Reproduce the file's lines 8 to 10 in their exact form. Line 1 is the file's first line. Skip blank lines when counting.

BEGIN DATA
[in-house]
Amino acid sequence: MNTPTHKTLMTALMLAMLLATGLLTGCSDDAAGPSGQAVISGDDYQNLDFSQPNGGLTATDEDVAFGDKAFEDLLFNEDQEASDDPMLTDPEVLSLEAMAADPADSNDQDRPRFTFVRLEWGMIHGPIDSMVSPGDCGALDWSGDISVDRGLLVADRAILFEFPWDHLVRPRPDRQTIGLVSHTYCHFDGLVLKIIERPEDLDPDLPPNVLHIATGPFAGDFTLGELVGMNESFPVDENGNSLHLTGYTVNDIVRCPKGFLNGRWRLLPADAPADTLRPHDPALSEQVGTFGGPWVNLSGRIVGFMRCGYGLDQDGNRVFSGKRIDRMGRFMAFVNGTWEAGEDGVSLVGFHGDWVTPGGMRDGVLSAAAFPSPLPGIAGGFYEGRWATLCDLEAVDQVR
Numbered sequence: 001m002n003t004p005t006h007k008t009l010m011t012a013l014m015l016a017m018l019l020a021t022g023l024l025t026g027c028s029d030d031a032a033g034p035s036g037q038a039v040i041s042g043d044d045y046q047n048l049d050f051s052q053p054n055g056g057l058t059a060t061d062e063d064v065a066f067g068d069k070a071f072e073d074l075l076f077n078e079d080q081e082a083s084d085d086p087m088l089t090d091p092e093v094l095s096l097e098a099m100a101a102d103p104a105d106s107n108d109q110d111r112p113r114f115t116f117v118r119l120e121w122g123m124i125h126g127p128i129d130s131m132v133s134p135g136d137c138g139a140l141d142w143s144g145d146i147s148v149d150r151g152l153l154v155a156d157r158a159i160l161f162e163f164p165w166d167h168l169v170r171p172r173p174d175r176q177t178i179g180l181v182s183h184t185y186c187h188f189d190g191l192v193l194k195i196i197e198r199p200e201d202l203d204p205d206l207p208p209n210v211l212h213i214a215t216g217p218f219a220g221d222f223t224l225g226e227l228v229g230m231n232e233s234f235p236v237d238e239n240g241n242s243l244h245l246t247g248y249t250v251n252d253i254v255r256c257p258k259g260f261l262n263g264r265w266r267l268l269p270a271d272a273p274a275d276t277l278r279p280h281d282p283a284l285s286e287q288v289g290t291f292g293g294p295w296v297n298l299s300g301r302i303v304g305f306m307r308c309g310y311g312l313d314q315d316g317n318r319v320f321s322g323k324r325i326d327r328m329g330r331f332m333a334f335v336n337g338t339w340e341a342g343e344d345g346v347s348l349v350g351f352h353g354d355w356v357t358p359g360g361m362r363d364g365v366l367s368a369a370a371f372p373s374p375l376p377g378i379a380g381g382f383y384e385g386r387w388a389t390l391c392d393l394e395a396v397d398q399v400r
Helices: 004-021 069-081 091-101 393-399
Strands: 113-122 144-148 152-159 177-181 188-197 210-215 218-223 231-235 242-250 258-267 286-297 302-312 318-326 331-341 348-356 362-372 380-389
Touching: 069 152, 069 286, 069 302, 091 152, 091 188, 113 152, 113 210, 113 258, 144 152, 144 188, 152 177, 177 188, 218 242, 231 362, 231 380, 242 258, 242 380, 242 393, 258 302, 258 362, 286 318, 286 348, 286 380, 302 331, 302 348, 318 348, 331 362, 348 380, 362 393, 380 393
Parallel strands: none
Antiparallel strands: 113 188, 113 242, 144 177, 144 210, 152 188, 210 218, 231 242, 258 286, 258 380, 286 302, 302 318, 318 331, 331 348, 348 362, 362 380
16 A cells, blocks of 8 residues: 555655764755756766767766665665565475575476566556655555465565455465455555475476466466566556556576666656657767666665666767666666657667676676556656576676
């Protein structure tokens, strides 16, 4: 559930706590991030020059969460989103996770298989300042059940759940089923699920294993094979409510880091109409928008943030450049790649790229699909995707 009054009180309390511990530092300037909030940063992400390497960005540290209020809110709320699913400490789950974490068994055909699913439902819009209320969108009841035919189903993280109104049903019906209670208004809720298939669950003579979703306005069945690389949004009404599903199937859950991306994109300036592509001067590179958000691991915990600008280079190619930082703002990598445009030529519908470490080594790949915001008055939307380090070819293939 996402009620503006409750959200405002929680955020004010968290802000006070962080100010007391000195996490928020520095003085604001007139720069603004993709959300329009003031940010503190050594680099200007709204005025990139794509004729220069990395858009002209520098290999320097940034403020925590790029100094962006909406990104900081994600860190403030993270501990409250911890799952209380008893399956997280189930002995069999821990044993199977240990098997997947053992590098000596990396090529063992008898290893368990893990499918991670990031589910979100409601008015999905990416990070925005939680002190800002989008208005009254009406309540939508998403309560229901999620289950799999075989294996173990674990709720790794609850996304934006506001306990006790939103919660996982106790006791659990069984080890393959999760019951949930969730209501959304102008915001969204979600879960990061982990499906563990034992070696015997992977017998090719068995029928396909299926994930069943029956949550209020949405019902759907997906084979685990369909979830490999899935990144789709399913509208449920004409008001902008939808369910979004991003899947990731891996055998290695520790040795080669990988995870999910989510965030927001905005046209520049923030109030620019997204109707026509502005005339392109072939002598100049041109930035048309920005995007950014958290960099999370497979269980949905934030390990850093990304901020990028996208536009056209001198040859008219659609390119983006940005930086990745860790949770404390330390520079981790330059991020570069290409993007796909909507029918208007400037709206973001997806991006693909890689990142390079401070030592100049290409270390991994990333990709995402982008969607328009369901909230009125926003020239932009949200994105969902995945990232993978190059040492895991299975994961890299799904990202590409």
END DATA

Antiparallel strands: 113 188, 113 242, 144 177, 144 210, 152 188, 210 218, 231 242, 258 286, 258 380, 286 302, 302 318, 318 331, 331 348, 348 362, 362 380
16 A cells, blocks of 8 residues: 555655764755756766767766665665565475575476566556655555465565455465455555475476466466566556556576666656657767666665666767666666657667676676556656576676
């Protein structure tokens, strides 16, 4: 559930706590991030020059969460989103996770298989300042059940759940089923699920294993094979409510880091109409928008943030450049790649790229699909995707 009054009180309390511990530092300037909030940063992400390497960005540290209020809110709320699913400490789950974490068994055909699913439902819009209320969108009841035919189903993280109104049903019906209670208004809720298939669950003579979703306005069945690389949004009404599903199937859950991306994109300036592509001067590179958000691991915990600008280079190619930082703002990598445009030529519908470490080594790949915001008055939307380090070819293939 996402009620503006409750959200405002929680955020004010968290802000006070962080100010007391000195996490928020520095003085604001007139720069603004993709959300329009003031940010503190050594680099200007709204005025990139794509004729220069990395858009002209520098290999320097940034403020925590790029100094962006909406990104900081994600860190403030993270501990409250911890799952209380008893399956997280189930002995069999821990044993199977240990098997997947053992590098000596990396090529063992008898290893368990893990499918991670990031589910979100409601008015999905990416990070925005939680002190800002989008208005009254009406309540939508998403309560229901999620289950799999075989294996173990674990709720790794609850996304934006506001306990006790939103919660996982106790006791659990069984080890393959999760019951949930969730209501959304102008915001969204979600879960990061982990499906563990034992070696015997992977017998090719068995029928396909299926994930069943029956949550209020949405019902759907997906084979685990369909979830490999899935990144789709399913509208449920004409008001902008939808369910979004991003899947990731891996055998290695520790040795080669990988995870999910989510965030927001905005046209520049923030109030620019997204109707026509502005005339392109072939002598100049041109930035048309920005995007950014958290960099999370497979269980949905934030390990850093990304901020990028996208536009056209001198040859008219659609390119983006940005930086990745860790949770404390330390520079981790330059991020570069290409993007796909909507029918208007400037709206973001997806991006693909890689990142390079401070030592100049290409270390991994990333990709995402982008969607328009369901909230009125926003020239932009949200994105969902995945990232993978190059040492895991299975994961890299799904990202590409």